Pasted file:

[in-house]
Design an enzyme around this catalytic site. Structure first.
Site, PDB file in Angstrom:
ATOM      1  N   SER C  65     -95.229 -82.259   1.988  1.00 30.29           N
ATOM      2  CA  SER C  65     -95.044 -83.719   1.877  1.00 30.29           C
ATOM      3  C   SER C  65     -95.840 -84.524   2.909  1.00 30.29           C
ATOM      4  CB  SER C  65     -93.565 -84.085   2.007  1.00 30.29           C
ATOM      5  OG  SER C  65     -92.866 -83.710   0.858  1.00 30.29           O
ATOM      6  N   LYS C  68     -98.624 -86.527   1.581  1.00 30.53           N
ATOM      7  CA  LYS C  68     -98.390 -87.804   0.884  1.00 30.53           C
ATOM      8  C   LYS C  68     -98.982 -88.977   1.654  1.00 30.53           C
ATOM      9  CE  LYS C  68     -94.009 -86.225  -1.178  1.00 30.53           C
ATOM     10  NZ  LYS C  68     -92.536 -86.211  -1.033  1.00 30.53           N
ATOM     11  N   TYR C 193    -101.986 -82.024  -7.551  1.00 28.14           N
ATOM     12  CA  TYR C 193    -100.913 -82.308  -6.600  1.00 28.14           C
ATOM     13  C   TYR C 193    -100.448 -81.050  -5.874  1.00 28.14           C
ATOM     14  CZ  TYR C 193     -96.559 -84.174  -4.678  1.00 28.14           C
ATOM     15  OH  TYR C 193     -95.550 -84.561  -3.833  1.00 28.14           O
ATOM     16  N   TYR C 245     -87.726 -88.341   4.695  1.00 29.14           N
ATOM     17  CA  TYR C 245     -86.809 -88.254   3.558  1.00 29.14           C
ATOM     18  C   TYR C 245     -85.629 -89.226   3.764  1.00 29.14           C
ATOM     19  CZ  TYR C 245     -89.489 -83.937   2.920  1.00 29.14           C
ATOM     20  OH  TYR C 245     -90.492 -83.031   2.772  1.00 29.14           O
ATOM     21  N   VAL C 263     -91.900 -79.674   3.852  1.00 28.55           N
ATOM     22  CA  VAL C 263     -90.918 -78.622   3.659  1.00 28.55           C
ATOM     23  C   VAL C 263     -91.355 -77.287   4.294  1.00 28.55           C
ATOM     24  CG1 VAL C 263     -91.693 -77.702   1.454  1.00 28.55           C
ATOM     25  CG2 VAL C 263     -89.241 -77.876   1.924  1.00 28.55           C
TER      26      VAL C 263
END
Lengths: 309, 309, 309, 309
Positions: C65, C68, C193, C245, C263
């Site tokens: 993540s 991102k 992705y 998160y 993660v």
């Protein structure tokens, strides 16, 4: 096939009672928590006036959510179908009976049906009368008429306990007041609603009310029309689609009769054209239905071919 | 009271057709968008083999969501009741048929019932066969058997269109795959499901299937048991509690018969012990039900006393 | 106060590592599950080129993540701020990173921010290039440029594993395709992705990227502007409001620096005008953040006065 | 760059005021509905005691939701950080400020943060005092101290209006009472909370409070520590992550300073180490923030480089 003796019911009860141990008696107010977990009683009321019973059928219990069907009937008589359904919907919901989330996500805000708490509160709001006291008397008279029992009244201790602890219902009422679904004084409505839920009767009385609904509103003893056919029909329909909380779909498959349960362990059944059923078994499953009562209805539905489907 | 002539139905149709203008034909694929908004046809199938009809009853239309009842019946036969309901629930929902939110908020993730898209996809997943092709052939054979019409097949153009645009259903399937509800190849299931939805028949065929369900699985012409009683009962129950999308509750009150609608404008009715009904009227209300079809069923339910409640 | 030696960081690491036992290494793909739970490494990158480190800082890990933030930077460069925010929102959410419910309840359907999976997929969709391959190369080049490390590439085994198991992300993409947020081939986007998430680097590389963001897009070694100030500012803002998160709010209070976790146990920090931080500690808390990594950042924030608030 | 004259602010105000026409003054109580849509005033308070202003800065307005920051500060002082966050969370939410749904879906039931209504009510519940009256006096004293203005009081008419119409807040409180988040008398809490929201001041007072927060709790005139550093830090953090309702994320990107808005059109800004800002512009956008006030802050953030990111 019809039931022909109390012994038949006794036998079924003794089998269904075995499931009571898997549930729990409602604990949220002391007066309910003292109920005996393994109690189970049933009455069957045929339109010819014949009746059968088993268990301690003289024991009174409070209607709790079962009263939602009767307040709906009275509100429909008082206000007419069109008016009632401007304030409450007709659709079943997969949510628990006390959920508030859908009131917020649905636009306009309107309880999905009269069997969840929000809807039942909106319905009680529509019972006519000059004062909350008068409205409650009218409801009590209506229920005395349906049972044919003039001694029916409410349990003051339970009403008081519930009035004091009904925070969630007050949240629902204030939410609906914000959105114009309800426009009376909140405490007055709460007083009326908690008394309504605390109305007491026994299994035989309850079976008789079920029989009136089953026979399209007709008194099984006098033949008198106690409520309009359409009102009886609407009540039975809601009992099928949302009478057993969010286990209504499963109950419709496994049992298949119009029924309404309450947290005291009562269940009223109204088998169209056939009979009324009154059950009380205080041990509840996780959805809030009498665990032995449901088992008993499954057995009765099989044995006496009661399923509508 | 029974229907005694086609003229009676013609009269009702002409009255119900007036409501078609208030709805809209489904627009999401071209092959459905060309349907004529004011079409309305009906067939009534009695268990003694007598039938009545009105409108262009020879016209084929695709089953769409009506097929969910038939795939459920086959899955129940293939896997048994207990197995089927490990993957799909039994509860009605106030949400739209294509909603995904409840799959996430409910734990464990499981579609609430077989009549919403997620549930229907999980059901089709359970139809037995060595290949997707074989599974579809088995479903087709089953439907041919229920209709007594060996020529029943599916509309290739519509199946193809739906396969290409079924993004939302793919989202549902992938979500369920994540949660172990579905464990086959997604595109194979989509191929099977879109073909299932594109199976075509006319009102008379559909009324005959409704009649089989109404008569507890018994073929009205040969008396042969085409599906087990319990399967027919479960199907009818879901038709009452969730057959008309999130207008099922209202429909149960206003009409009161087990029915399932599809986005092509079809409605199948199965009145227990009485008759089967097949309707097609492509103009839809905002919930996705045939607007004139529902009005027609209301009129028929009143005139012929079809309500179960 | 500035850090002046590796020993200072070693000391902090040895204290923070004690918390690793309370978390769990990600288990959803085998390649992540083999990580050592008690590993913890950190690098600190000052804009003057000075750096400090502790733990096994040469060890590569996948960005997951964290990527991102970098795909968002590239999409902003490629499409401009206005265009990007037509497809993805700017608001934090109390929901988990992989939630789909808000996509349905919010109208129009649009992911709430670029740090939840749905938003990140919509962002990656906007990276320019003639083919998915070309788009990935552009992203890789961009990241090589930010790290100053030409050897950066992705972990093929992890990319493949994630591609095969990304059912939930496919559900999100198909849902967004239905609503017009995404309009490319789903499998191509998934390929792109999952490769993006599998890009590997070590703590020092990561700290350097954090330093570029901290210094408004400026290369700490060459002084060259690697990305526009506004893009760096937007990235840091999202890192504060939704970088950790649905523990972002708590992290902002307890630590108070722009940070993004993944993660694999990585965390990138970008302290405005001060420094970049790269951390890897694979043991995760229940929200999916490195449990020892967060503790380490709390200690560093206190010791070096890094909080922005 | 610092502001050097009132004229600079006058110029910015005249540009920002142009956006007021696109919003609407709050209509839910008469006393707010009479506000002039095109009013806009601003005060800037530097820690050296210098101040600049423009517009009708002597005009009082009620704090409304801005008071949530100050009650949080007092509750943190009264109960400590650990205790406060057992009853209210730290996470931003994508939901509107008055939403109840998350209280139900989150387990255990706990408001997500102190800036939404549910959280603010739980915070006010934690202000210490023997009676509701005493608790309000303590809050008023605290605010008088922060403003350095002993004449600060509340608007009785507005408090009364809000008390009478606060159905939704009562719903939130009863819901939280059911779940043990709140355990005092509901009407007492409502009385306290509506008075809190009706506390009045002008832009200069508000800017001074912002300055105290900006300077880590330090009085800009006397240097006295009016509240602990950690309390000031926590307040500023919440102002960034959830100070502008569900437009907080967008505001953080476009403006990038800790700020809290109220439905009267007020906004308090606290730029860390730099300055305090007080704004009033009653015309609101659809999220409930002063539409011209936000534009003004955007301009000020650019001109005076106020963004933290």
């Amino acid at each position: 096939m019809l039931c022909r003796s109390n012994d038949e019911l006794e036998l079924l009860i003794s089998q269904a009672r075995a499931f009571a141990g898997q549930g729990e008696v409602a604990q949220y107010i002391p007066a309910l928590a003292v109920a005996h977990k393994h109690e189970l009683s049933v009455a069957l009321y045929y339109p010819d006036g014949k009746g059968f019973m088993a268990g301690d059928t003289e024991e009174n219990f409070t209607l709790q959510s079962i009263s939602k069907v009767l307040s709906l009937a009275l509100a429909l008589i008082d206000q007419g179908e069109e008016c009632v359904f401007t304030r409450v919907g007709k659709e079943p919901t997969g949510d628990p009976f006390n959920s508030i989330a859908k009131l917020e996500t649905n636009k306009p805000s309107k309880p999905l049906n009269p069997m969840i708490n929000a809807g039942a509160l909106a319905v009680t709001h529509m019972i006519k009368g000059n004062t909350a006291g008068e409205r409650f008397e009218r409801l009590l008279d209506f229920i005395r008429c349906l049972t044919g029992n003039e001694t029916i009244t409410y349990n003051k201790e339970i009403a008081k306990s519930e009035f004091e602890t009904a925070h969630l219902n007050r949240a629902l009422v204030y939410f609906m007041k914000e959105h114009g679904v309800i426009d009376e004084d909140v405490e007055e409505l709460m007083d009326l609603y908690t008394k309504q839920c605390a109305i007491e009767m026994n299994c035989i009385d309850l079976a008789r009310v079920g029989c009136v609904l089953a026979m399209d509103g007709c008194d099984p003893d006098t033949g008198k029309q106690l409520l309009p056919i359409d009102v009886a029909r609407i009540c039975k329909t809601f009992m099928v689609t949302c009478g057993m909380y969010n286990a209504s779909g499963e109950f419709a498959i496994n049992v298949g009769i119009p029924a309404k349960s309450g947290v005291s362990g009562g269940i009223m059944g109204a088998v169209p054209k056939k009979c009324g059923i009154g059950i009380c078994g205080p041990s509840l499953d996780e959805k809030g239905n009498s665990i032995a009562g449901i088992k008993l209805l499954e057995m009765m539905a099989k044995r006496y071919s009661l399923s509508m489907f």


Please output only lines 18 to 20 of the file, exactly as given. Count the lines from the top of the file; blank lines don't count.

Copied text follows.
ATOM     15  OH  TYR C 193     -95.550 -84.561  -3.833  1.00 28.14           O
ATOM     16  N   TYR C 245     -87.726 -88.341   4.695  1.00 29.14           N
ATOM     17  CA  TYR C 245     -86.809 -88.254   3.558  1.00 29.14           C